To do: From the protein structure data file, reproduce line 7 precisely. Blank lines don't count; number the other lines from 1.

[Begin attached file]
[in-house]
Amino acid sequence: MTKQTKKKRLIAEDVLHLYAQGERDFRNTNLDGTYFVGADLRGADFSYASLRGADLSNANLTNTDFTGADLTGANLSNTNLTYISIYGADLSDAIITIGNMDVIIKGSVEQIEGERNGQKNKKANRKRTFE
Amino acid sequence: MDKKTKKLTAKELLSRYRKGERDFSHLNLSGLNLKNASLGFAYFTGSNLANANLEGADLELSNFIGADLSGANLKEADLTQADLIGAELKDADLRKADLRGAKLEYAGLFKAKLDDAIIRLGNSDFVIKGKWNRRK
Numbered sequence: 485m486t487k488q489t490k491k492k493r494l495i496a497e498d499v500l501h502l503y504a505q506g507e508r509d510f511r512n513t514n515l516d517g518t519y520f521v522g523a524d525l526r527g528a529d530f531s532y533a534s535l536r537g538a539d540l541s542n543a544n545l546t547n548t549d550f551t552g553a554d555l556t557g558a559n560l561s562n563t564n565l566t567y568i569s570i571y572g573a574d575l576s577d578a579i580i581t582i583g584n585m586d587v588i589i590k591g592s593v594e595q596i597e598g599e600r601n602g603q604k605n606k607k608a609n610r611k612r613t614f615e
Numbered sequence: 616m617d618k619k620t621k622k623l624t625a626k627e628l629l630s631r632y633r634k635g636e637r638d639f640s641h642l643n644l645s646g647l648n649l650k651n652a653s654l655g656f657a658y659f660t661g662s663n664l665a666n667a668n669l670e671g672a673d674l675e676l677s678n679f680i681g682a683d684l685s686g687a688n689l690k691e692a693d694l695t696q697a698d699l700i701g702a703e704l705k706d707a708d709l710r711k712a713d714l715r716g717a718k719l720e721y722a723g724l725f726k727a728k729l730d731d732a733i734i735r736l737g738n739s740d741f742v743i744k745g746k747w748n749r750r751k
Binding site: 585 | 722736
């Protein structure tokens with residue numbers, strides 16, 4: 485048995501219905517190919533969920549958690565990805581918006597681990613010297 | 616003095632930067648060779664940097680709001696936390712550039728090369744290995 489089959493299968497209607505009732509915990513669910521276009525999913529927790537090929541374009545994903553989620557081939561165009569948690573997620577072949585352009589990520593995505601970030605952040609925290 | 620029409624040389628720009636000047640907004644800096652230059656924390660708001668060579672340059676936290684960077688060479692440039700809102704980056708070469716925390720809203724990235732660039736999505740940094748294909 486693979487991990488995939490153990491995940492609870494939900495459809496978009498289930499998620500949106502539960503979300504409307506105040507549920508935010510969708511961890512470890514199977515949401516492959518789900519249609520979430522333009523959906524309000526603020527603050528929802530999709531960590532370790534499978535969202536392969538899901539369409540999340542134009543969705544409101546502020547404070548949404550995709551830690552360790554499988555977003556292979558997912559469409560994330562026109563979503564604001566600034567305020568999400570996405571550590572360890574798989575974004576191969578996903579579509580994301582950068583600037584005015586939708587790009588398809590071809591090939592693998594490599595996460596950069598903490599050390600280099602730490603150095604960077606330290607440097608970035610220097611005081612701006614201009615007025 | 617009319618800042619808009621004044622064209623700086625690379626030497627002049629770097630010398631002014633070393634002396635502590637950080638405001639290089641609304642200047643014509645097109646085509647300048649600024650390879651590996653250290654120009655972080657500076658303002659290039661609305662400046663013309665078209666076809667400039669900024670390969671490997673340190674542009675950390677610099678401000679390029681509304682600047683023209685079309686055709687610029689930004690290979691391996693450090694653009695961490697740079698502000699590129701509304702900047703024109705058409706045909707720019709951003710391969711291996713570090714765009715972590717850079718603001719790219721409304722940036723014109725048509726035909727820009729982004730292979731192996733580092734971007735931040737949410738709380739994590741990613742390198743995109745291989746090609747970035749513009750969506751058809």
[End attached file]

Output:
């Protein structure tokens with residue numbers, strides 16, 4: 485048995501219905517190919533969920549958690565990805581918006597681990613010297 | 616003095632930067648060779664940097680709001696936390712550039728090369744290995 489089959493299968497209607505009732509915990513669910521276009525999913529927790537090929541374009545994903553989620557081939561165009569948690573997620577072949585352009589990520593995505601970030605952040609925290 | 620029409624040389628720009636000047640907004644800096652230059656924390660708001668060579672340059676936290684960077688060479692440039700809102704980056708070469716925390720809203724990235732660039736999505740940094748294909 486693979487991990488995939490153990491995940492609870494939900495459809496978009498289930499998620500949106502539960503979300504409307506105040507549920508935010510969708511961890512470890514199977515949401516492959518789900519249609520979430522333009523959906524309000526603020527603050528929802530999709531960590532370790534499978535969202536392969538899901539369409540999340542134009543969705544409101546502020547404070548949404550995709551830690552360790554499988555977003556292979558997912559469409560994330562026109563979503564604001566600034567305020568999400570996405571550590572360890574798989575974004576191969578996903579579509580994301582950068583600037584005015586939708587790009588398809590071809591090939592693998594490599595996460596950069598903490599050390600280099602730490603150095604960077606330290607440097608970035610220097611005081612701006614201009615007025 | 617009319618800042619808009621004044622064209623700086625690379626030497627002049629770097630010398631002014633070393634002396635502590637950080638405001639290089641609304642200047643014509645097109646085509647300048649600024650390879651590996653250290654120009655972080657500076658303002659290039661609305662400046663013309665078209666076809667400039669900024670390969671490997673340190674542009675950390677610099678401000679390029681509304682600047683023209685079309686055709687610029689930004690290979691391996693450090694653009695961490697740079698502000699590129701509304702900047703024109705058409706045909707720019709951003710391969711291996713570090714765009715972590717850079718603001719790219721409304722940036723014109725048509726035909727820009729982004730292979731192996733580092734971007735931040737949410738709380739994590741990613742390198743995109745291989746090609747970035749513009750969506751058809």